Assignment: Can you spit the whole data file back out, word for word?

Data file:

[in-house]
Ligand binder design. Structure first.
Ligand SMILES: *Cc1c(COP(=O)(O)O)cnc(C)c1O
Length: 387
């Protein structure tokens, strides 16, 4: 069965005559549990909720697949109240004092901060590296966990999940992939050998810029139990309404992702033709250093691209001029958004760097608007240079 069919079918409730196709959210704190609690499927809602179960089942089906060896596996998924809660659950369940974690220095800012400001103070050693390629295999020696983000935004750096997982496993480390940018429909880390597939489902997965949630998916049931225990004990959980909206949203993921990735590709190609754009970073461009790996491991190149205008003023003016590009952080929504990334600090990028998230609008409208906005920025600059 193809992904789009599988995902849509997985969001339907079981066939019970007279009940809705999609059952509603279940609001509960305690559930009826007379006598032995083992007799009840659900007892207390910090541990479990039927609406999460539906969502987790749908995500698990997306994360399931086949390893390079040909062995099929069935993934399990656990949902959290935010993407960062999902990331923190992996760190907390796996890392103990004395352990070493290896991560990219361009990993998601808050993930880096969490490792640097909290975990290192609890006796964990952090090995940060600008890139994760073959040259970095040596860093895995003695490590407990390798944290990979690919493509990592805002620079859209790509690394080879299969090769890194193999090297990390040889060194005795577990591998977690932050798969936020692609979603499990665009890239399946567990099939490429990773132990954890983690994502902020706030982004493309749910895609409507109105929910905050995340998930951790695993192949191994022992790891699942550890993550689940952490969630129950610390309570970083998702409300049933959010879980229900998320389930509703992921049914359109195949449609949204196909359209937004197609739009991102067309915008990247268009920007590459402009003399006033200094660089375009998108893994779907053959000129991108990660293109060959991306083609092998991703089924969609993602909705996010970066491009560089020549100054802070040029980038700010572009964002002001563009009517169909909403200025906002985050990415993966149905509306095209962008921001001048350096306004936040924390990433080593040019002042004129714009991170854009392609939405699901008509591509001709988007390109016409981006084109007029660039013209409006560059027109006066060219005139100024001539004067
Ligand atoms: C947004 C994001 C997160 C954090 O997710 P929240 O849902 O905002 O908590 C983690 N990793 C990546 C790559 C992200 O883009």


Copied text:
[in-house]
Ligand binder design. Structure first.
Ligand SMILES: *Cc1c(COP(=O)(O)O)cnc(C)c1O
Length: 387
């Protein structure tokens, strides 16, 4: 069965005559549990909720697949109240004092901060590296966990999940992939050998810029139990309404992702033709250093691209001029958004760097608007240079 069919079918409730196709959210704190609690499927809602179960089942089906060896596996998924809660659950369940974690220095800012400001103070050693390629295999020696983000935004750096997982496993480390940018429909880390597939489902997965949630998916049931225990004990959980909206949203993921990735590709190609754009970073461009790996491991190149205008003023003016590009952080929504990334600090990028998230609008409208906005920025600059 193809992904789009599988995902849509997985969001339907079981066939019970007279009940809705999609059952509603279940609001509960305690559930009826007379006598032995083992007799009840659900007892207390910090541990479990039927609406999460539906969502987790749908995500698990997306994360399931086949390893390079040909062995099929069935993934399990656990949902959290935010993407960062999902990331923190992996760190907390796996890392103990004395352990070493290896991560990219361009990993998601808050993930880096969490490792640097909290975990290192609890006796964990952090090995940060600008890139994760073959040259970095040596860093895995003695490590407990390798944290990979690919493509990592805002620079859209790509690394080879299969090769890194193999090297990390040889060194005795577990591998977690932050798969936020692609979603499990665009890239399946567990099939490429990773132990954890983690994502902020706030982004493309749910895609409507109105929910905050995340998930951790695993192949191994022992790891699942550890993550689940952490969630129950610390309570970083998702409300049933959010879980229900998320389930509703992921049914359109195949449609949204196909359209937004197609739009991102067309915008990247268009920007590459402009003399006033200094660089375009998108893994779907053959000129991108990660293109060959991306083609092998991703089924969609993602909705996010970066491009560089020549100054802070040029980038700010572009964002002001563009009517169909909403200025906002985050990415993966149905509306095209962008921001001048350096306004936040924390990433080593040019002042004129714009991170854009392609939405699901008509591509001709988007390109016409981006084109007029660039013209409006560059027109006066060219005139100024001539004067
Ligand atoms: C947004 C994001 C997160 C954090 O997710 P929240 O849902 O905002 O908590 C983690 N990793 C990546 C790559 C992200 O883009």